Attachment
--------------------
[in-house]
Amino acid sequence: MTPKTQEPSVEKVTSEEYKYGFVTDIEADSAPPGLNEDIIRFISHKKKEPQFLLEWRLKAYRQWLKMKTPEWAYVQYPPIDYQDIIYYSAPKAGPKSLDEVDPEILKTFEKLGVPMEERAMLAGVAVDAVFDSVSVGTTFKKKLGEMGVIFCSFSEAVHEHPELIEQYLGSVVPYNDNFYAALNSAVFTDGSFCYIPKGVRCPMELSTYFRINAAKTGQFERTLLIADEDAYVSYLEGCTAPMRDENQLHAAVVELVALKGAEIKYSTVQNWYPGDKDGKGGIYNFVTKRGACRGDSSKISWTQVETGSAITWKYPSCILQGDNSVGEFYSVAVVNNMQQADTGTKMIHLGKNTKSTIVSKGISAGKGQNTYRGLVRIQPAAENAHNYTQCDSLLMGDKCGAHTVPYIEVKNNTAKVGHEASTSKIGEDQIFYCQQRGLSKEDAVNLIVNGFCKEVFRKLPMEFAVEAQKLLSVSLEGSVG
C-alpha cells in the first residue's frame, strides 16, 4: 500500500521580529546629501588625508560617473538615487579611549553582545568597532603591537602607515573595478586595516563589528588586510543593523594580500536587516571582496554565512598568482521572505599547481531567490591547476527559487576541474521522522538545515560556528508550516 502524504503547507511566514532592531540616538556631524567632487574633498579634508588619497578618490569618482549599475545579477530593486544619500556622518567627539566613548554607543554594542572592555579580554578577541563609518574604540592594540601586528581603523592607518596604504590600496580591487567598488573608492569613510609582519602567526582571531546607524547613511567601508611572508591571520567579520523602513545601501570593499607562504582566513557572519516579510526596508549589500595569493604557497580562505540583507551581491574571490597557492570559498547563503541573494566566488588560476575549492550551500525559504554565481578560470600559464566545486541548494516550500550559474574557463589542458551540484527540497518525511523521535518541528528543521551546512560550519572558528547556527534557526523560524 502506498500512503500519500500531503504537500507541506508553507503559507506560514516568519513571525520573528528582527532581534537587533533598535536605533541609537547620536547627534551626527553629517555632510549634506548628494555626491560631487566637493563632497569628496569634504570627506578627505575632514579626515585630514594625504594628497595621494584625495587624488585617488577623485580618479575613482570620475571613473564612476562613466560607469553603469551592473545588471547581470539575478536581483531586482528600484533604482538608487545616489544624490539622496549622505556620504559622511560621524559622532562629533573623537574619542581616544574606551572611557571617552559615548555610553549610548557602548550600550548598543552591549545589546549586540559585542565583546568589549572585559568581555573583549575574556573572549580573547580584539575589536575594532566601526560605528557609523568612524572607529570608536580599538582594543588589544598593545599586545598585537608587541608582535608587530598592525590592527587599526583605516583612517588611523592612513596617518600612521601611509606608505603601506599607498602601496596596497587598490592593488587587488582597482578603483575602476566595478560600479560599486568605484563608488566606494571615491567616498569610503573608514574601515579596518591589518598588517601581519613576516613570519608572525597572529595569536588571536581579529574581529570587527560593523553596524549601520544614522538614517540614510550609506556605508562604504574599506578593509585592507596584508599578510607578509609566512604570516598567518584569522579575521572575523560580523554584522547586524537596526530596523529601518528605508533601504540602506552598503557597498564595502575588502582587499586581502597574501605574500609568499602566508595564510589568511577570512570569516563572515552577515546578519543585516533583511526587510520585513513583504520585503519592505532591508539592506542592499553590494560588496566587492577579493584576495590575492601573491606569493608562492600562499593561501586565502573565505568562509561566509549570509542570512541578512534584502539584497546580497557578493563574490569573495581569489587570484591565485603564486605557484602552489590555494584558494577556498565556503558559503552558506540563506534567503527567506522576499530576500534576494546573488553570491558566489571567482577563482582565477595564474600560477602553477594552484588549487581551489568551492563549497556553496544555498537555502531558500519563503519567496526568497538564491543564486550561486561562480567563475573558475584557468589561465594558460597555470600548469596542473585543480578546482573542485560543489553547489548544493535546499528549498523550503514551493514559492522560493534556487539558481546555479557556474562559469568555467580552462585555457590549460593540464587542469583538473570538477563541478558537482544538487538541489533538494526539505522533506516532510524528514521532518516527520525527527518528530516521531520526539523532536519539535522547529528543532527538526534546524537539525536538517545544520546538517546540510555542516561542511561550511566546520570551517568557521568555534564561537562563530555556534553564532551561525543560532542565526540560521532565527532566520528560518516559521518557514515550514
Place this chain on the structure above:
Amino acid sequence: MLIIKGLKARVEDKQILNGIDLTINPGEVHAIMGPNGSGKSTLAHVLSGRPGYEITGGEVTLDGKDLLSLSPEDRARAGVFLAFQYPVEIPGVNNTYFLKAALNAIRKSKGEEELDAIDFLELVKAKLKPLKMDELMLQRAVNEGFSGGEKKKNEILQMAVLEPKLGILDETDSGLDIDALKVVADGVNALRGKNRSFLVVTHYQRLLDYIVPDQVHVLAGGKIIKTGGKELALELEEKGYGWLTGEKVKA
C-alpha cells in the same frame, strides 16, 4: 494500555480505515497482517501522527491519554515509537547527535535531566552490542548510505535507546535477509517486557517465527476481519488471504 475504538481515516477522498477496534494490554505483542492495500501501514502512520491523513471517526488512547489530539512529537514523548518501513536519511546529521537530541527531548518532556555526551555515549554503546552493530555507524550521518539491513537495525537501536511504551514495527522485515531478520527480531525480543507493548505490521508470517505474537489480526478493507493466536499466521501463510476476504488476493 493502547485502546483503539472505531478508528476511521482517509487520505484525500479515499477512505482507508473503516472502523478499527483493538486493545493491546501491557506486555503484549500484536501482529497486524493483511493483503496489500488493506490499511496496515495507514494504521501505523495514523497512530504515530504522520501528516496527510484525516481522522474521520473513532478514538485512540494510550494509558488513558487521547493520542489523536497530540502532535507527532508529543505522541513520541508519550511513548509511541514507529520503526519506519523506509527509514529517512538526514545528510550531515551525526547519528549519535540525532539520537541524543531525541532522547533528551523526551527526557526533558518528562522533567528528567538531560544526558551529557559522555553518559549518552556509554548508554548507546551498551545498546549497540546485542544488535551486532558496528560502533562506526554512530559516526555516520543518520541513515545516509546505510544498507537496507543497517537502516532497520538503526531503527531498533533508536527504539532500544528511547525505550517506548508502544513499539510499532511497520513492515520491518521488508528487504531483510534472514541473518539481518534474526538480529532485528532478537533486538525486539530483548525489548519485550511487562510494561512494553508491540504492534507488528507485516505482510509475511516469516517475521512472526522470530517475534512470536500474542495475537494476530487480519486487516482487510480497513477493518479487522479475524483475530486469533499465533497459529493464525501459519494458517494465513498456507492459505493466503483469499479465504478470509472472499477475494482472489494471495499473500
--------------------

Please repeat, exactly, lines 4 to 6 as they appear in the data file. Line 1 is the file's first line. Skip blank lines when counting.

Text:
Place this chain on the structure above:
Amino acid sequence: MLIIKGLKARVEDKQILNGIDLTINPGEVHAIMGPNGSGKSTLAHVLSGRPGYEITGGEVTLDGKDLLSLSPEDRARAGVFLAFQYPVEIPGVNNTYFLKAALNAIRKSKGEEELDAIDFLELVKAKLKPLKMDELMLQRAVNEGFSGGEKKKNEILQMAVLEPKLGILDETDSGLDIDALKVVADGVNALRGKNRSFLVVTHYQRLLDYIVPDQVHVLAGGKIIKTGGKELALELEEKGYGWLTGEKVKA
C-alpha cells in the same frame, strides 16, 4: 494500555480505515497482517501522527491519554515509537547527535535531566552490542548510505535507546535477509517486557517465527476481519488471504 475504538481515516477522498477496534494490554505483542492495500501501514502512520491523513471517526488512547489530539512529537514523548518501513536519511546529521537530541527531548518532556555526551555515549554503546552493530555507524550521518539491513537495525537501536511504551514495527522485515531478520527480531525480543507493548505490521508470517505474537489480526478493507493466536499466521501463510476476504488476493 493502547485502546483503539472505531478508528476511521482517509487520505484525500479515499477512505482507508473503516472502523478499527483493538486493545493491546501491557506486555503484549500484536501482529497486524493483511493483503496489500488493506490499511496496515495507514494504521501505523495514523497512530504515530504522520501528516496527510484525516481522522474521520473513532478514538485512540494510550494509558488513558487521547493520542489523536497530540502532535507527532508529543505522541513520541508519550511513548509511541514507529520503526519506519523506509527509514529517512538526514545528510550531515551525526547519528549519535540525532539520537541524543531525541532522547533528551523526551527526557526533558518528562522533567528528567538531560544526558551529557559522555553518559549518552556509554548508554548507546551498551545498546549497540546485542544488535551486532558496528560502533562506526554512530559516526555516520543518520541513515545516509546505510544498507537496507543497517537502516532497520538503526531503527531498533533508536527504539532500544528511547525505550517506548508502544513499539510499532511497520513492515520491518521488508528487504531483510534472514541473518539481518534474526538480529532485528532478537533486538525486539530483548525489548519485550511487562510494561512494553508491540504492534507488528507485516505482510509475511516469516517475521512472526522470530517475534512470536500474542495475537494476530487480519486487516482487510480497513477493518479487522479475524483475530486469533499465533497459529493464525501459519494458517494465513498456507492459505493466503483469499479465504478470509472472499477475494482472489494471495499473500